The general consensus of anthropological opinion is that the chimps and the humans split from a common ancestor about 5- 7 million years ago, with gorillas having made the long goodbye a bit earlier. For this to occur 3 groups of common ape ancestors had to become geographically separated and thence evolve independently



There are 3 possible contenders for the claim to being the first bipedal hominid :



1 Lucy, found in Africa (Australopithecus Afrensis ) she lived about 3.6 - 3.2 million years ago, she is only about a 40 % complete skeleton



2. Australopithecus Ramidus, about 4.4 million years old found in Ethiopia, a 70 % complete skeleton



3. Australopithecus Anamensis, from Kenya, about 4.1 - 3.9 million years old



None of these have been defiantly proven to be bipedal and confusingly none seem to be closely related to each other. There is a complete lack of fossil evidence for the preceding 10 million years so we cannot determine when these 3 separated into different species from the apes or whether there were earlier Australopithecus types.



Now lets move forward in time, about 2.5 million years ago we have Africanus, 1.8 million years ago we find Robustus and 1.5 million years ago we have Advanced Australopethicus, this species is more man like than the others so is known as near man or Homo Hablis ( handy man ). Homo Habilis were the first truly man like beings that walked upright and used stone tools ( as far as the evidence we have shows)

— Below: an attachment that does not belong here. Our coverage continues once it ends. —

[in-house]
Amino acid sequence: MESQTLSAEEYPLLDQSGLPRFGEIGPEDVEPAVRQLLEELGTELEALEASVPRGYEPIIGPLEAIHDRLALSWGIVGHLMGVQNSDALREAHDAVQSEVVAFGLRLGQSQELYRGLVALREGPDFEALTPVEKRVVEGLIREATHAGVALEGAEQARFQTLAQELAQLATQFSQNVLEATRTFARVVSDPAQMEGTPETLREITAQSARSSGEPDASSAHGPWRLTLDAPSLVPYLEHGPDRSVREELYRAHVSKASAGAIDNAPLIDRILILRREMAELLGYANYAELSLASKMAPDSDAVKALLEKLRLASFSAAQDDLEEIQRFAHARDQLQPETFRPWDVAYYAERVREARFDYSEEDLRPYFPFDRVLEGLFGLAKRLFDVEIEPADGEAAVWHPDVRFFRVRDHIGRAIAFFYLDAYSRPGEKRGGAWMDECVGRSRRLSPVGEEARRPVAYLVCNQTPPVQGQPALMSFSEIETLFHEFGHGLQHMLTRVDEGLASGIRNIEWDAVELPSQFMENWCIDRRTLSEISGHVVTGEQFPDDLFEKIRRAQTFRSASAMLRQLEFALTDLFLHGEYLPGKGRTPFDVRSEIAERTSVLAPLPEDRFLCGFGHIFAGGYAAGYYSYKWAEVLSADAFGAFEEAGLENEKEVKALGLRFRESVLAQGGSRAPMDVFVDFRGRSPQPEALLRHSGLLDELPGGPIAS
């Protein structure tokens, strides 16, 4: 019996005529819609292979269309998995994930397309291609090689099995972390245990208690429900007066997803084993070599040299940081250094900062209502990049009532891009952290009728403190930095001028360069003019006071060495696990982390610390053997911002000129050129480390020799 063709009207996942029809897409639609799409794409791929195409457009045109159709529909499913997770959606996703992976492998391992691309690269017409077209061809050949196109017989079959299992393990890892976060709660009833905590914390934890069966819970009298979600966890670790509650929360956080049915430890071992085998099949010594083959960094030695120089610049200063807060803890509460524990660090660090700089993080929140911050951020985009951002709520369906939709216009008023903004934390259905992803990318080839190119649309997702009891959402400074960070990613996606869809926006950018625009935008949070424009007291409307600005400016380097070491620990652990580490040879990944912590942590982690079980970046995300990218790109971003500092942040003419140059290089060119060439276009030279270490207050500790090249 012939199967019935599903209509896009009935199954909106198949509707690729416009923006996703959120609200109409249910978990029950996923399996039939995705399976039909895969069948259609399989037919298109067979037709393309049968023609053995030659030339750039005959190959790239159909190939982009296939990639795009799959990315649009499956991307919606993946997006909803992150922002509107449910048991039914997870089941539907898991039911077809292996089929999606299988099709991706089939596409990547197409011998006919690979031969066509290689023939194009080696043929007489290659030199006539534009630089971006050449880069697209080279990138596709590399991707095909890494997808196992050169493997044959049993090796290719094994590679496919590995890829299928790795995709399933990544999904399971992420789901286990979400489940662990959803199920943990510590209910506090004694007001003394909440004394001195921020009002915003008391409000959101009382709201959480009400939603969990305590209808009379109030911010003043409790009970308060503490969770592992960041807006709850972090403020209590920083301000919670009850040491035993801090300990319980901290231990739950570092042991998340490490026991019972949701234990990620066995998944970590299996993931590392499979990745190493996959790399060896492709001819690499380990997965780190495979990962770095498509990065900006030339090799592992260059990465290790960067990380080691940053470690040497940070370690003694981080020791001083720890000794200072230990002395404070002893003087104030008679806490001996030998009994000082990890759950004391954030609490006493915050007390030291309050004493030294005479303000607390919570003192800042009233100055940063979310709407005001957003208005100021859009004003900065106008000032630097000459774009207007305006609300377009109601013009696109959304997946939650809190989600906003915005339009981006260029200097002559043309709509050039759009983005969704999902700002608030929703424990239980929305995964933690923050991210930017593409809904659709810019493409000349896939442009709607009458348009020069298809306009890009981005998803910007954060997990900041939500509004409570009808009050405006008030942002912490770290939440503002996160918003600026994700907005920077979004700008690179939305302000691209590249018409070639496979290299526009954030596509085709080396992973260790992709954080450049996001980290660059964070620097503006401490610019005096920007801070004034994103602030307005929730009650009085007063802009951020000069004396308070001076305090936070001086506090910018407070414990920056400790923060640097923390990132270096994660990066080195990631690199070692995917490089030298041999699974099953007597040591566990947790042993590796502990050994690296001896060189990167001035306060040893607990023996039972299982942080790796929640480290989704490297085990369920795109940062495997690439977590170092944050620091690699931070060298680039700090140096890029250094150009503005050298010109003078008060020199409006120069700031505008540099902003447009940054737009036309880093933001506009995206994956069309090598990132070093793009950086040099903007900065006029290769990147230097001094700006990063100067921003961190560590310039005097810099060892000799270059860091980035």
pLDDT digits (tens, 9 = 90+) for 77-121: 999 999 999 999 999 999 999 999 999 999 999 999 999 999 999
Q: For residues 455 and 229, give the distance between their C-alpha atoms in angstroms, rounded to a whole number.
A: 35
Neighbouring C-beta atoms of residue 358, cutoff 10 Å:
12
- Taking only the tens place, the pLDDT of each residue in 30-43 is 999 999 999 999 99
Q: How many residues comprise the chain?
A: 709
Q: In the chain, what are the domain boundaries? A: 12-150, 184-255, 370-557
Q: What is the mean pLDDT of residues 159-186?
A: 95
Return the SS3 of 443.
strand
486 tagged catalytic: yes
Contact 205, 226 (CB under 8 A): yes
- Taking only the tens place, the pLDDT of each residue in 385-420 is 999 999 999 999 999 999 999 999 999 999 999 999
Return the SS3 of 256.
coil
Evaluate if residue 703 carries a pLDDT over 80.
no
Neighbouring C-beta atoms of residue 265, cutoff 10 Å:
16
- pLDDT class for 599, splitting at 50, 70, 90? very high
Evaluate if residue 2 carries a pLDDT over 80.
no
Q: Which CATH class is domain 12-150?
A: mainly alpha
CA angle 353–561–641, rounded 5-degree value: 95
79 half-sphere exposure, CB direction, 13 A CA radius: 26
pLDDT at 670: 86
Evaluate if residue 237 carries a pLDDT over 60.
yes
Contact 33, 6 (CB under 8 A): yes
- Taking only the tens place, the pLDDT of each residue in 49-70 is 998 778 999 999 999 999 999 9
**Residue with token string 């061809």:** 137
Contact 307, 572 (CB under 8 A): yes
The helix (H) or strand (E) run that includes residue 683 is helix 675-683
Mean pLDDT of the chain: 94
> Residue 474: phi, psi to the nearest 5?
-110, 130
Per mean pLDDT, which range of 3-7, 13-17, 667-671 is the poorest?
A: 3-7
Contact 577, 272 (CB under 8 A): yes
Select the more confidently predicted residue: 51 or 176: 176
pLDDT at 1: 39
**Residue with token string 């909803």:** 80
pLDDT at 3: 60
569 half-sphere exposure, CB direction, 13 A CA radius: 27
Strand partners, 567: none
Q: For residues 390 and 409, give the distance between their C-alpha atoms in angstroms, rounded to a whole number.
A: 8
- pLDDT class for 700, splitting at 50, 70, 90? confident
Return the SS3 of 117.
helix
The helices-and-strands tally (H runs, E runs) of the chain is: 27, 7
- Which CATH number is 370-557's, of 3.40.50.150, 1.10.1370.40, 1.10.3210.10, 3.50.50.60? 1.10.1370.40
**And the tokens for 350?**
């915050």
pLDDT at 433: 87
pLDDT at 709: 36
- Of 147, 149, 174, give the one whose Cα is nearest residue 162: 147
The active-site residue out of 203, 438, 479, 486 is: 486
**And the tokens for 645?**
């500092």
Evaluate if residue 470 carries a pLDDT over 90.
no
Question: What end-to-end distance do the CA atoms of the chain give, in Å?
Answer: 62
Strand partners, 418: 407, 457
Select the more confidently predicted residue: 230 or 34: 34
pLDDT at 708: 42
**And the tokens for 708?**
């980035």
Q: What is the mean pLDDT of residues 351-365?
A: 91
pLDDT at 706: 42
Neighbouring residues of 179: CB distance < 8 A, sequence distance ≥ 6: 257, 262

Around 1.5 million years ago Homo Erectus appears, with a much larger brain size he designed more sophisticated tools. it seems that Homo Erectus left Africa and spread to China, Australasia and Europe about 1 million to 700,000 years ago



It seems likely that modern Homo Sapiens is directly descended from Homo Erectus..

EDIT...

During the past decade, eight new early hominin species have been discovered, making it one of the most fruitful periods in paleoanthropology ever. Most of them are
older than Australopithecus afarensis, and several come from outside of East Africa. They are Ardipithecus ramidus(Ethiopia, 4.5 million years), Australopithecus anamensis (Kenya, 4.2 to
3.9 million years), Australopithecus bahrelghazali (Chad, 3 to 3.5 million years; see figure 19.7), Australopithecus garhi (Ethiopia, 2.5 million years), Orrorin tugenensis(Kenya, 6 mil-
lion years), Kenyanthropus platyops(Kenya, 3.5 million years), the specimen mentioned at the opening of this unit, Sahelanthropus tchadensis (Chad, 6 to 7 million years), and lastly, announced in March 2004, Ardipithecus Kadabba, represented mainly by teeth, and suggested as an ancestor of A. ramidus (Ethiopia, 5.5 to 5.8 million years). Clearly, a good deal of rethinking is needed about where the hominin clade arose, and the shape of the evolutionary tree.


Attached File  hominids.gif   31.41KB   13 downloads